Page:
Thursday, February 21, 2019
Shabbat-O-Gram for Feb. 22
Mass nuptials signal a revival of Jewish life in Havana - see article below.
25 have reserved already for our 2020 trip - get yours in before we fill up!
As Feb. comes to an end, we are looking forward to a very busy next several weeks, including Shabbat Across America programming next Friday night, followed on Shabbat morning by Men's Club Shabbat, our Purim celebration on March 20 and a week later, the launching of Mensch-Marks on March 28, our teach-in on immigration on March 31 and then the Women's Seder on April 2. Our interfaith series on Wisdom Literature concludes this coming Thursday at Grace Farms in New Canaan with a panel discussion. Click here for details. Plus, we have lots of great family programming throughout March.
Lifting the Veil on DV: A Crisis in Faith
On Friday night, at the conclusion of services, we'll be hearing from special guest, Kevin Shippy, local director of the Domestic Violence Crisis Center. Shippy's topic is "Lifting the Veil on DV: a Crisis in Faith." He has delivered a similar talk to a number of churches in our area. The lecture's focus on the importance of respect is entirely compatible with a Shabbat service, but I want to make sure that people are aware that this will be the subject of the talk. Children are always welcome at our services, and those parents who wish to leave with their kids before the talk begins will have the option of doing so.
We have long believed that Shabbat is a time both to step back from the troubles of day-to-day life and to reengage with a supportive community in addressing areas of common need. This week's focus on Domestic Violence places the focus slightly more on the latter objective. Shabbat is an oasis from the world's craziness, but was never intended to be an escape from responsibility. In fact, it's a time to reaffirm the obligation to support those who are suffering.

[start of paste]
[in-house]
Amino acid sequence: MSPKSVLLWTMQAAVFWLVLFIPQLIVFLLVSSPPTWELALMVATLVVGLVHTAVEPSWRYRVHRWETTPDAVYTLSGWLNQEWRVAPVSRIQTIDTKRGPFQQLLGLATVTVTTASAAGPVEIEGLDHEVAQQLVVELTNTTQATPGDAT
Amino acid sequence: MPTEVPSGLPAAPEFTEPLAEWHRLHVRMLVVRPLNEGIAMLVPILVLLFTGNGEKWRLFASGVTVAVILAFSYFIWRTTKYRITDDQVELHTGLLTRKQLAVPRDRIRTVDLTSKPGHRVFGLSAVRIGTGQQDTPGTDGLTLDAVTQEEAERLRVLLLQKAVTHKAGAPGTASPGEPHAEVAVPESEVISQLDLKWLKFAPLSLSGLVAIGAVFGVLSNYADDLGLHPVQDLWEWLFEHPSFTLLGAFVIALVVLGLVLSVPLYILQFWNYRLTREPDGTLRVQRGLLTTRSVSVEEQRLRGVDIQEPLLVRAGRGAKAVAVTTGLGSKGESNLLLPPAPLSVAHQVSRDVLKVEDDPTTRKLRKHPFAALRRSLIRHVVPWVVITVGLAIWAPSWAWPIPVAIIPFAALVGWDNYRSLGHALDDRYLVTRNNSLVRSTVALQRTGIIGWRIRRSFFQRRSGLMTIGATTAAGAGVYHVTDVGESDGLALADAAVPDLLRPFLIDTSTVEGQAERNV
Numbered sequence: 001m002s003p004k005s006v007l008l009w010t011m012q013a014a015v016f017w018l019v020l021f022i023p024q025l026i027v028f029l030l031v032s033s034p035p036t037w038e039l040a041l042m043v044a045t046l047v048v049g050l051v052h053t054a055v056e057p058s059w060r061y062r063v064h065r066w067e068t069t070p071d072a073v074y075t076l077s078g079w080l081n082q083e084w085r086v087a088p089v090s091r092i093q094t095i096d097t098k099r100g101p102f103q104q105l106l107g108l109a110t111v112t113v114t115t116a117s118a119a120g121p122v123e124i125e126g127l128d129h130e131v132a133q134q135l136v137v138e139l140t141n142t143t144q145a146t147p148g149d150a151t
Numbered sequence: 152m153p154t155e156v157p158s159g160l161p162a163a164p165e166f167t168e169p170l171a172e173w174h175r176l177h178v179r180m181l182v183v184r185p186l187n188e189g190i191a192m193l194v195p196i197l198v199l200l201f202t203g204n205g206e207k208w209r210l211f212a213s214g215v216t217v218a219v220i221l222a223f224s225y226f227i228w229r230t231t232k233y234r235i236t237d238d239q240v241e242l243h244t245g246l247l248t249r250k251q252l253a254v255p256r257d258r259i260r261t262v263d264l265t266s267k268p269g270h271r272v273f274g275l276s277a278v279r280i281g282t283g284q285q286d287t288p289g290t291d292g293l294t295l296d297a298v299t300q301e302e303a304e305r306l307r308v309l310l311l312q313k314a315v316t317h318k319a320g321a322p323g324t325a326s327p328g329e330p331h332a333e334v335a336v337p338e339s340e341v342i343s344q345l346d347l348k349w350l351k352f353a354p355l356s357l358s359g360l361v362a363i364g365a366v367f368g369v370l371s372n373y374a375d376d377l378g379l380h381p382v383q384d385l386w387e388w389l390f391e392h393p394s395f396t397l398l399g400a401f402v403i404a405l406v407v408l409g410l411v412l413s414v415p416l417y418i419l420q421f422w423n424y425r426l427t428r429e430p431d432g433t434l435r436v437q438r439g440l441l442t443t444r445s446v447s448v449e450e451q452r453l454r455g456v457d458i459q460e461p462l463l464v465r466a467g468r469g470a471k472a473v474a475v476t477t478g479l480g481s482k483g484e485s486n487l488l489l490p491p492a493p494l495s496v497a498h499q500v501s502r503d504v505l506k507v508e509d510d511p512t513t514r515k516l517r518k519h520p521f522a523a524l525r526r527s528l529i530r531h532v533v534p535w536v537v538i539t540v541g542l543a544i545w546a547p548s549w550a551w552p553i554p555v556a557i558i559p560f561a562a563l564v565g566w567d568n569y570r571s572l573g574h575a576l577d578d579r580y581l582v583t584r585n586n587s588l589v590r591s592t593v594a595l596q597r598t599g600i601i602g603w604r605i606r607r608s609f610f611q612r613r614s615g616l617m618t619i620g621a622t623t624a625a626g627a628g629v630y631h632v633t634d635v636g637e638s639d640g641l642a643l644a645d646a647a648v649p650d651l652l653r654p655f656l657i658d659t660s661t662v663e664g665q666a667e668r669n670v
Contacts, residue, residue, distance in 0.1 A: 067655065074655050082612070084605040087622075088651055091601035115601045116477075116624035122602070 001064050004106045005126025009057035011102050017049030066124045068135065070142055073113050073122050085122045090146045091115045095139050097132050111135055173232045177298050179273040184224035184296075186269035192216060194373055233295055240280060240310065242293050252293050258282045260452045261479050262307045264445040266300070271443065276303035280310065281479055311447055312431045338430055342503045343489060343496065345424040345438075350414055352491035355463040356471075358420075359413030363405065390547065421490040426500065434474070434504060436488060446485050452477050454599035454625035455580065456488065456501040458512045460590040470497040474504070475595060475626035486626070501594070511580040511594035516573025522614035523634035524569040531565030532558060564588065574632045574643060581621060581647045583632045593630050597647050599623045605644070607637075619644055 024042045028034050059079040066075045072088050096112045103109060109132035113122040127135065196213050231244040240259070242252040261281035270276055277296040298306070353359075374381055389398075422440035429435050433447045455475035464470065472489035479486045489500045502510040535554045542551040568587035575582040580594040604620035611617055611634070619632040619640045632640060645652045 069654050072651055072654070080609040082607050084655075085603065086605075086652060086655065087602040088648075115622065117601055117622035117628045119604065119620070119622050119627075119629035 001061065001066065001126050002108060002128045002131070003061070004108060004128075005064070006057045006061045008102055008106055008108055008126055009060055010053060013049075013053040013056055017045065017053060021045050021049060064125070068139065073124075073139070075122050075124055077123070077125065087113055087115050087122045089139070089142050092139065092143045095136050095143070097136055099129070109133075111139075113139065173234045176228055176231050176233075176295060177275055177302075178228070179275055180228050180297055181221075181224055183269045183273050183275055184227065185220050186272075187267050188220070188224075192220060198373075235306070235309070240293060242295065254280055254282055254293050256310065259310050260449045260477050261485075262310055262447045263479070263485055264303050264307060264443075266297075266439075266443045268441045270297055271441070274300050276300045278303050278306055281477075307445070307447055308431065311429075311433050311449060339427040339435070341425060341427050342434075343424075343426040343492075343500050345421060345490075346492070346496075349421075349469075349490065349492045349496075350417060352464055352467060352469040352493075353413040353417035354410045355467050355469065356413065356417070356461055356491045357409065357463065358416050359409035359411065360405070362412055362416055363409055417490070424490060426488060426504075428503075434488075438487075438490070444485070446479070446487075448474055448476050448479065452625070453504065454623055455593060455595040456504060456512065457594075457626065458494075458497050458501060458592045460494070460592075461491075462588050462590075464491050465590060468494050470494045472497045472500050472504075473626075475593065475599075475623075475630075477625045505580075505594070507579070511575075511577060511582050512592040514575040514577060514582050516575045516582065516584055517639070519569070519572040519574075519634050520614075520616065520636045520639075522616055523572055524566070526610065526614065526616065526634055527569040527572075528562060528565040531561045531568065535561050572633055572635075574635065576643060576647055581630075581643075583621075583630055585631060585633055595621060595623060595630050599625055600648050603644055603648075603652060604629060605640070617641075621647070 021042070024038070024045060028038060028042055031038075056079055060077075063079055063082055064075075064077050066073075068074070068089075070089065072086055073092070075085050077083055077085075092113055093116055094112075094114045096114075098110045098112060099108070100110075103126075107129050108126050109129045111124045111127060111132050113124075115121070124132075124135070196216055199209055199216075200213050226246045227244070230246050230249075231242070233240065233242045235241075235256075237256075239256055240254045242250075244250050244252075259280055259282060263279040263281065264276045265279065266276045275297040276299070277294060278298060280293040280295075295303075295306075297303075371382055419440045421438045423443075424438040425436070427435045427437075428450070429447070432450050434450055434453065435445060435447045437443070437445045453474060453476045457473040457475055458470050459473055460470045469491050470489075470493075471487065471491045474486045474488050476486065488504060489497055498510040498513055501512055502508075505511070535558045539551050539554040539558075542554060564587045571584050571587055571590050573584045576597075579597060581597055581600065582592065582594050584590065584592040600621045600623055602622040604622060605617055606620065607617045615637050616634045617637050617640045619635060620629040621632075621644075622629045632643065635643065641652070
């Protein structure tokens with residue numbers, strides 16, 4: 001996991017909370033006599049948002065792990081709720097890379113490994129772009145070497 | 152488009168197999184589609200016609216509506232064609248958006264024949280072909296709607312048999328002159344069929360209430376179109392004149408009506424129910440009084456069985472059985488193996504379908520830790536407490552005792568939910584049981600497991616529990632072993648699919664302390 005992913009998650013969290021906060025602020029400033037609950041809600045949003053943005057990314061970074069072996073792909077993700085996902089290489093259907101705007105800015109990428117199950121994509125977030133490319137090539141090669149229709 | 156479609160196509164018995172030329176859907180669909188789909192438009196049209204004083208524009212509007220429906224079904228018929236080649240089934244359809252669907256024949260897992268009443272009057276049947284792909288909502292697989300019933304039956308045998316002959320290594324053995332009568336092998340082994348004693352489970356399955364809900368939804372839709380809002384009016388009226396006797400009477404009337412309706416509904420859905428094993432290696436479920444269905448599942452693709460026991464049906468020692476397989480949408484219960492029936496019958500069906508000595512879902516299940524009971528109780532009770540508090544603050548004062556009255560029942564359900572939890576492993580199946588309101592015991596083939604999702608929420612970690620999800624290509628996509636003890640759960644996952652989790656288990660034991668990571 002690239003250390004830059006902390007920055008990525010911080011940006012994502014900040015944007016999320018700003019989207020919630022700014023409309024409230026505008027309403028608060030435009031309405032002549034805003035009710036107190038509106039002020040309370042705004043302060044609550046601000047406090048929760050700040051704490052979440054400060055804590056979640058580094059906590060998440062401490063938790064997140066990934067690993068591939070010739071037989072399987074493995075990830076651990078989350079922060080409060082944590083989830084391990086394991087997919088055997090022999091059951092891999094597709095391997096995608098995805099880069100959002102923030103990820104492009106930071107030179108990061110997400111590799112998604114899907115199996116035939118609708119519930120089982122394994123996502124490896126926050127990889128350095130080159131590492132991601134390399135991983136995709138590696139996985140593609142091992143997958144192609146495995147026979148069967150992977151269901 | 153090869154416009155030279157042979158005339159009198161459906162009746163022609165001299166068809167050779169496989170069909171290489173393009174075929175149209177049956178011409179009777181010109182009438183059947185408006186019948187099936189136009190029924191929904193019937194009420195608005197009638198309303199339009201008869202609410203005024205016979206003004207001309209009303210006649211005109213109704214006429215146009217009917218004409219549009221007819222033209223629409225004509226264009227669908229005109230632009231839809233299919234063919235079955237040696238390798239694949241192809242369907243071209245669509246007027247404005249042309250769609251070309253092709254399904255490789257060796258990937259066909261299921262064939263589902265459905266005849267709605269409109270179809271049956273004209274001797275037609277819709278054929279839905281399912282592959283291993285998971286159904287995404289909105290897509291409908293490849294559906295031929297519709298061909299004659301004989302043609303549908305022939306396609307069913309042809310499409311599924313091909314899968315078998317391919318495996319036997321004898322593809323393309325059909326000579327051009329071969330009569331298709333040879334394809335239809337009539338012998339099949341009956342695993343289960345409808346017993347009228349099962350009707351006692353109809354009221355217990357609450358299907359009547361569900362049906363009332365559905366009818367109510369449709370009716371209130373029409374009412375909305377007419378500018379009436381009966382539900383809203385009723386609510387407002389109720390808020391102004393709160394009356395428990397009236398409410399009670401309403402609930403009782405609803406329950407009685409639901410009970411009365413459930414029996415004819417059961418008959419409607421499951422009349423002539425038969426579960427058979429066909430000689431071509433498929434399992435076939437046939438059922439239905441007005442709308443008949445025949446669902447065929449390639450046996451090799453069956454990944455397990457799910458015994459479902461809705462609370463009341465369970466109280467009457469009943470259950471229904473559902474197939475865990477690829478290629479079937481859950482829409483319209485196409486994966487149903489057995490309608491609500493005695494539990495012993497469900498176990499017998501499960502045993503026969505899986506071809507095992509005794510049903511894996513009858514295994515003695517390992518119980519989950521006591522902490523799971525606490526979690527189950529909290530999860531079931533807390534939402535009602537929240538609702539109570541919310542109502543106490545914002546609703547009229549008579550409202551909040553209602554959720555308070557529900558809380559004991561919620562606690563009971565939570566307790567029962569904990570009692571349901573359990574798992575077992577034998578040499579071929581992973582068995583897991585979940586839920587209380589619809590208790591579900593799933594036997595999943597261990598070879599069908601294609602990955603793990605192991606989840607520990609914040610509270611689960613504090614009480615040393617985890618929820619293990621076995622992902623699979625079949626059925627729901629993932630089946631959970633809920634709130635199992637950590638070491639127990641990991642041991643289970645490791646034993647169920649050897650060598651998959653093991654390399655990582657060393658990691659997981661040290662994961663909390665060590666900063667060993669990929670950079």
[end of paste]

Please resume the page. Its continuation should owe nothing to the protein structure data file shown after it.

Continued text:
The DVCC is the only domestic violence agency serving the municipalities of Stamford, Norwalk, Westport, New Canaan, Darien, Wilton and Weston and is part of an 18-member statewide coalition, the Connecticut Coalition Against Domestic Violence. More than 90% of their clients are women who have been hurt by men, and their domestic violence is not limited to physical abuse; in fact more are affected by financial and emotional abuse. In speaking with students, DVCC addresses conflict resolution with elementary schoolers, bullying with middle schools, and dives deeper into teen dating concerns such as inappropriate image exchange, social media protocols and an overall theme of control with senior high youth.